Warn Joe to stand by, will you.
- Very well.

Joe.

Get ready please. There is
a big order to be collected.

Can I help you?
- Thank you.

I just want to look at
the gardening section.

Over here, please.

I really wanted a book
on mushroom growing.

Yes. I think I have one here.

Haven't you anything else?

What about this one?

Miss Bruce.

Do you realize what time it is?

Mr Oliver, the gentleman
is waiting for his book.

I beg your pardon.

Mr Harman wants to
see you in his office.

I've got to take my coat off first.

I think this is what you wanted.

Good morning. Did you
have a nice weekend?

Hello. Lunchtime already?

Can I help you, sir?

No. I'm just looking round thank you.

I don't want to make a fuss but don't
you think you'd better put it back?

What was that?

You've taken a book. I saw you.

Did you?

Well, I wonder how that got there.

There.

Now call the manager.

Why?

You've put it back.

Very logical. The customer
is always right, eh?

But you were going to steal it?
- Was I?

Has anyone told you what
an attractive girl you are?

Am I?
- Lovely.

Miss Bruce.

When you finish will you come in here.
- Yes, Mr Harman.

Miss Bruce, eh?

Brenda? Jean?

Ruby.
- Ruby.

You know, I like you Ruby.
We can have great fun together.

I've got to go.

I'll be at the Blue Club at 8:30
tonight in Orford street.

Why not drop in?

I've got better things to do.
- Are you sure?

The Blue Club.

Ask for Jeff Hart.

You wanted to see me, Mr Harman?

Yes.

Sit down, Miss Bruce.

I hear you were late again this morning.

I'm sorry Mr Harman but you see my
train got stuck in a tunnel and I ..

What happened to the train before that?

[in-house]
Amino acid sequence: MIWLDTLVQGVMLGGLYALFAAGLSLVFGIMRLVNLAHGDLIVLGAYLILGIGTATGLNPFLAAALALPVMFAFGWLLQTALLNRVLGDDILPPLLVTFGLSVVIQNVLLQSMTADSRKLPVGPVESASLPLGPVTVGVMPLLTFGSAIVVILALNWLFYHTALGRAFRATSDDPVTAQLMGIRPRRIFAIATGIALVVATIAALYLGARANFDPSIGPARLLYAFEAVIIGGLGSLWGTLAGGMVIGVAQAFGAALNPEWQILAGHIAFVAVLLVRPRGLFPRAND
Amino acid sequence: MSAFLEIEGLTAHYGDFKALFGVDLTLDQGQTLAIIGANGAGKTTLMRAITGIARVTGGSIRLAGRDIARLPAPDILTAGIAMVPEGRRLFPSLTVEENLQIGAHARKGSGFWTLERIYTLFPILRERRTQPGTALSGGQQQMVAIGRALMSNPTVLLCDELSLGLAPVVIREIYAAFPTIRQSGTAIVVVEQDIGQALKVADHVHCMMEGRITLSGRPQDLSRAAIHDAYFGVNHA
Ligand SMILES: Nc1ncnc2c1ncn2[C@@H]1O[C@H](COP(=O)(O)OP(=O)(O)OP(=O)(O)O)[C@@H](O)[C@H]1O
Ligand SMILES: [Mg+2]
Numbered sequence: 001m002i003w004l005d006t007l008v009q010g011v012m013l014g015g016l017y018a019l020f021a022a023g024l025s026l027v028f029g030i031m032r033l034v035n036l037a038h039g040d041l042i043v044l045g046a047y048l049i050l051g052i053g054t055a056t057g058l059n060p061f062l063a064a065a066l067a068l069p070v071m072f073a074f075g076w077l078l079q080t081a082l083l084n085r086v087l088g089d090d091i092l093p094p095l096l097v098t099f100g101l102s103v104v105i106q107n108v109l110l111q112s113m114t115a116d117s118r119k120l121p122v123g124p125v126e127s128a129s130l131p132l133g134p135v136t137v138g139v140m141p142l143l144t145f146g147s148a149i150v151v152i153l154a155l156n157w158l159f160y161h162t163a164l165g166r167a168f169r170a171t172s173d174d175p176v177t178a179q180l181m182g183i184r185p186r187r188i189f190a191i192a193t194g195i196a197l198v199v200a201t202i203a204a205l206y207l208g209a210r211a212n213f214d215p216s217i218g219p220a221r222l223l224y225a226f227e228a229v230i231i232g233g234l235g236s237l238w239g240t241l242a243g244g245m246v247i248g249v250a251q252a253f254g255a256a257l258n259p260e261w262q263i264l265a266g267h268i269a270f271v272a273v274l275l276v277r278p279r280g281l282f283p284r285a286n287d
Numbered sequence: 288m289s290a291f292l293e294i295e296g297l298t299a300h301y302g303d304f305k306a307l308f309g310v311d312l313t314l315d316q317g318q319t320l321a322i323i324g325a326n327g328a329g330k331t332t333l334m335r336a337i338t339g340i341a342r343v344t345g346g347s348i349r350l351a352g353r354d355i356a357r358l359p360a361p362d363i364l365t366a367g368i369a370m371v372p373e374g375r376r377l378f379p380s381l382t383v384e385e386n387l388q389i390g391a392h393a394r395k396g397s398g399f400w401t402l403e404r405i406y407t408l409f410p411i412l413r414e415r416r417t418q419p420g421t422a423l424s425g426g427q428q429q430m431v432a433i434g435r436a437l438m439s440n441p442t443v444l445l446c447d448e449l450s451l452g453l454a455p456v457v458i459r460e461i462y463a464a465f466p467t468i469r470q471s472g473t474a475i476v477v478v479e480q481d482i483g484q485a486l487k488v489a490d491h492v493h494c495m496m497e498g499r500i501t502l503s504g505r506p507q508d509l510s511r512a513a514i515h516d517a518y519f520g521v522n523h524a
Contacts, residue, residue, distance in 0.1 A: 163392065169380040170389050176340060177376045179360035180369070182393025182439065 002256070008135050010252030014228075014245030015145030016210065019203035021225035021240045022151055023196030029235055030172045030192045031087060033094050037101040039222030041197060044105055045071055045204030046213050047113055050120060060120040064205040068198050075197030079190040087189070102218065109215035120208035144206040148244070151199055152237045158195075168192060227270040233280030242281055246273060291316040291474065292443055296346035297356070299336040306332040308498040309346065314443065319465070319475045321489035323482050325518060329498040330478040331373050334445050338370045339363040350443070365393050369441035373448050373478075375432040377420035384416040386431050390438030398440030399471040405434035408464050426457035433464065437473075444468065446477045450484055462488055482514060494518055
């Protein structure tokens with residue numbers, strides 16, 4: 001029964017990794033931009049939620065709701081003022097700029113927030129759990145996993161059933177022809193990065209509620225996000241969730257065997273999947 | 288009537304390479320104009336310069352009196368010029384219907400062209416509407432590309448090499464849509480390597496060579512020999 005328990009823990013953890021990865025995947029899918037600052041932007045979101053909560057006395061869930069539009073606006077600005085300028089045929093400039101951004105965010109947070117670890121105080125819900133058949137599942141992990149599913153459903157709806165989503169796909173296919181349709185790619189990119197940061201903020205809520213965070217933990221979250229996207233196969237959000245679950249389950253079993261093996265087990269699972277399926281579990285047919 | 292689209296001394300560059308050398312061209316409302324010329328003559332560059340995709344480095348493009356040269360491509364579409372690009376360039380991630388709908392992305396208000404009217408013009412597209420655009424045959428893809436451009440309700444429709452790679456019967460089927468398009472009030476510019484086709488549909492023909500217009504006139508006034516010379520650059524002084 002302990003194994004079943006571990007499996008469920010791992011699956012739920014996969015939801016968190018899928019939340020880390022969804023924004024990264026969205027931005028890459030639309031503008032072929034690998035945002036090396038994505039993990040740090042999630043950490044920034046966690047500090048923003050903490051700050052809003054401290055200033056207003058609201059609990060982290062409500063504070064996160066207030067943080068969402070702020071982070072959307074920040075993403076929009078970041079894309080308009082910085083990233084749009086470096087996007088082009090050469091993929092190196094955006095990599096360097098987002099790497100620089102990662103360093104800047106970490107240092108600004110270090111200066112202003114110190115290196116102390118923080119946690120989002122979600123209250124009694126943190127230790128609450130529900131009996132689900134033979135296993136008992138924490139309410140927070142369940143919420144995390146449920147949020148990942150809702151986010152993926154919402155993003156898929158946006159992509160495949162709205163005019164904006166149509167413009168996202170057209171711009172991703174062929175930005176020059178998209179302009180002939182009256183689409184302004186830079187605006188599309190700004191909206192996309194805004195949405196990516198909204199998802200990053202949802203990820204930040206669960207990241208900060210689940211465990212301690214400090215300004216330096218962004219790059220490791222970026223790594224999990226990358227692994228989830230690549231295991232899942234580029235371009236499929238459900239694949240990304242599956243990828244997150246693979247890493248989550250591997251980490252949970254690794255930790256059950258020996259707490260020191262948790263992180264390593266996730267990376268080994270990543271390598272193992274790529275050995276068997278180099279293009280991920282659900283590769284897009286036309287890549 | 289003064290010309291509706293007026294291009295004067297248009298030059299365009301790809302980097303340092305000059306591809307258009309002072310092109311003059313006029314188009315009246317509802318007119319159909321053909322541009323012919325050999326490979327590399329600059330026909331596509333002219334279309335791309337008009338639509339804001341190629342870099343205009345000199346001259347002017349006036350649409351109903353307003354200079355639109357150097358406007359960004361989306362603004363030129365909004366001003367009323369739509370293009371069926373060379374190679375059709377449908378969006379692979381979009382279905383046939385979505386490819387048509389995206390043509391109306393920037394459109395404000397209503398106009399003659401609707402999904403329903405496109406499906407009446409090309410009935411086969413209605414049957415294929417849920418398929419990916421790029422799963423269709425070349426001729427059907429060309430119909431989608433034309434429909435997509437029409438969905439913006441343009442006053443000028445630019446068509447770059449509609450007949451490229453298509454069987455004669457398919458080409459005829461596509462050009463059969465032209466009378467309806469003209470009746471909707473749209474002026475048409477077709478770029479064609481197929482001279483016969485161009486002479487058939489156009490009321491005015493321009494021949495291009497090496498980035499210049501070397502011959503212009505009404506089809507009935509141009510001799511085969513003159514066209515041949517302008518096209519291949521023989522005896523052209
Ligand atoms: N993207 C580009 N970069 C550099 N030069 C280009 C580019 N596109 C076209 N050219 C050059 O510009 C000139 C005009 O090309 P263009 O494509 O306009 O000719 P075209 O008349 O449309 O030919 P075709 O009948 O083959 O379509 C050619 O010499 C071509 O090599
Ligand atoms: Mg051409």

Did that get stuck as well?

I don't know. I wasn't on it.

Was I?
- You should have been.

Now see here, young lady.

It's one thing to be
late once in a while.

But every day?

It's not quite fair on the rest of us.

Is it?

No.

Mr Harman, I beg your pardon.
- Don't go.

Alright, Miss Bruce. Get on back
to work and don't be late again.

What is it?

I read this Hartley Whitfield over
the weekend by Reg Sanders.

I suggest we take fifty.

Seems a lot.

I think this one will sell alright.
It's certainly up to standard.

As a matter of fact there is rather
a novel thrill on the last page.

Oh?

A man wants to murder a blackmailer but
can't think how to dispose of the body.

Then his next door neighbour suddenly
dies of heart failure very conveniently.

So he murders the blackmailer and sticks
him in the coffin with the man next door.

Sounds a bit gruesome.

Not more than usual.

People certainly seem to like that
sort of thing. I can't understand why.

Alright. Shall we say fifty?

Very well.

By the way, thank you for
speaking to Miss Bruce.

That's alright. I'm sure
she won't be late again.

Hello Ruby. You're right on time.

Hello Jeff.
- Come and have a drink.

Have you signed the lady in, sir?
- That's alright.

Sorry sir. Police regulations.

What's so regular about this place?

Right. Let's get that drink.

What will you have to drink?

I'd like a small gin and orange please.

Do you think I could have a
sandwich? I missed my tea.

Of course. Frank.

Yes, sir?

I'd like a whiskey and a large
gin and orange, please.

Oh and two special grills.
- Two special grills.

Mushroom and onions?

No onions.

No onions.

Do you come here often?

Now and again.

One of my friends is a
member of The Sports Club.

Yes?

These are only my shop clothes.
I didn't have time to go home first.

Do you like dancing, Ruby?
- Yes, I do.

We'll give these three time to warm
up and then we'll show them, eh?

Jeff.
- Hello, Vi.

I didn't know you were back. When did ..
- I'll tell you some other time.

See you, Jeff.

Oh. Come on, let's dance.

Look Jeff, I've got to
go in a minute or two.

Go?

You've only just arrived.

Well I didn't have time to tell
my dad that I'd be back late.

I must be in by eleven.
He'll raise enough stink as it is.

But I'll come tomorrow
Jeff and it will be different.

I couldn't care less, honey.

If that's how you feel
about it let's forget it.

Please Jeff, I don't want to forget it.

Let me come tomorrow.

If I tell my dad first, it won't matter
if I'm not back until one o'clock.

I'll tell him I'm going
to see a girlfriend.

Alright Ruby. That's a date then.